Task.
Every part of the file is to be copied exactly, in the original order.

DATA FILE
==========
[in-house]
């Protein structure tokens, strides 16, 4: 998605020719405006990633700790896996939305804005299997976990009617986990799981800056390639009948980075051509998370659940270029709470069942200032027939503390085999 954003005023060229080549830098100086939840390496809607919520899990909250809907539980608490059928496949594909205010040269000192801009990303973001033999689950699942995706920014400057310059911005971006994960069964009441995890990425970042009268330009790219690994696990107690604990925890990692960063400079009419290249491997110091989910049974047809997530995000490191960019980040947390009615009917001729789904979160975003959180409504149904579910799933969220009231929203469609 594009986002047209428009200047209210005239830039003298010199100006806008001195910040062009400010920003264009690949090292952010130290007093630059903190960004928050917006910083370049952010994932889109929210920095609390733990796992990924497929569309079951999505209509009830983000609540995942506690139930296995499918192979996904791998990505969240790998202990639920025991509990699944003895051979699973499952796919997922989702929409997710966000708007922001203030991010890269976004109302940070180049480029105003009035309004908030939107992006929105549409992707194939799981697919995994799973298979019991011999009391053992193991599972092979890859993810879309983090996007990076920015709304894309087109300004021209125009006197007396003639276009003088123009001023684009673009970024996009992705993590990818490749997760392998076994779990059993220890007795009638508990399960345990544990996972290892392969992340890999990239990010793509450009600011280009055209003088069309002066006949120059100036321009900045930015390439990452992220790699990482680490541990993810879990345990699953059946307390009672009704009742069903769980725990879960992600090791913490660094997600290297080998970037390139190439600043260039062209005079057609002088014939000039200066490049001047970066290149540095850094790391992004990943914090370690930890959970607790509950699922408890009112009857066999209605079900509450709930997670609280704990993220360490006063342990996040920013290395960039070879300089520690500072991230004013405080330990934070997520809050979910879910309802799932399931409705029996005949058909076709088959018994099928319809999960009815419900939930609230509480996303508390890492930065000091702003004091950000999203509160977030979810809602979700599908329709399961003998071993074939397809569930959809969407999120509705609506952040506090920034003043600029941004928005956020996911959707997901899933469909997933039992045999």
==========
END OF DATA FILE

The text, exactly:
[in-house]
């Protein structure tokens, strides 16, 4: 998605020719405006990633700790896996939305804005299997976990009617986990799981800056390639009948980075051509998370659940270029709470069942200032027939503390085999 954003005023060229080549830098100086939840390496809607919520899990909250809907539980608490059928496949594909205010040269000192801009990303973001033999689950699942995706920014400057310059911005971006994960069964009441995890990425970042009268330009790219690994696990107690604990925890990692960063400079009419290249491997110091989910049974047809997530995000490191960019980040947390009615009917001729789904979160975003959180409504149904579910799933969220009231929203469609 594009986002047209428009200047209210005239830039003298010199100006806008001195910040062009400010920003264009690949090292952010130290007093630059903190960004928050917006910083370049952010994932889109929210920095609390733990796992990924497929569309079951999505209509009830983000609540995942506690139930296995499918192979996904791998990505969240790998202990639920025991509990699944003895051979699973499952796919997922989702929409997710966000708007922001203030991010890269976004109302940070180049480029105003009035309004908030939107992006929105549409992707194939799981697919995994799973298979019991011999009391053992193991599972092979890859993810879309983090996007990076920015709304894309087109300004021209125009006197007396003639276009003088123009001023684009673009970024996009992705993590990818490749997760392998076994779990059993220890007795009638508990399960345990544990996972290892392969992340890999990239990010793509450009600011280009055209003088069309002066006949120059100036321009900045930015390439990452992220790699990482680490541990993810879990345990699953059946307390009672009704009742069903769980725990879960992600090791913490660094997600290297080998970037390139190439600043260039062209005079057609002088014939000039200066490049001047970066290149540095850094790391992004990943914090370690930890959970607790509950699922408890009112009857066999209605079900509450709930997670609280704990993220360490006063342990996040920013290395960039070879300089520690500072991230004013405080330990934070997520809050979910879910309802799932399931409705029996005949058909076709088959018994099928319809999960009815419900939930609230509480996303508390890492930065000091702003004091950000999203509160977030979810809602979700599908329709399961003998071993074939397809569930959809969407999120509705609506952040506090920034003043600029941004928005956020996911959707997901899933469909997933039992045999």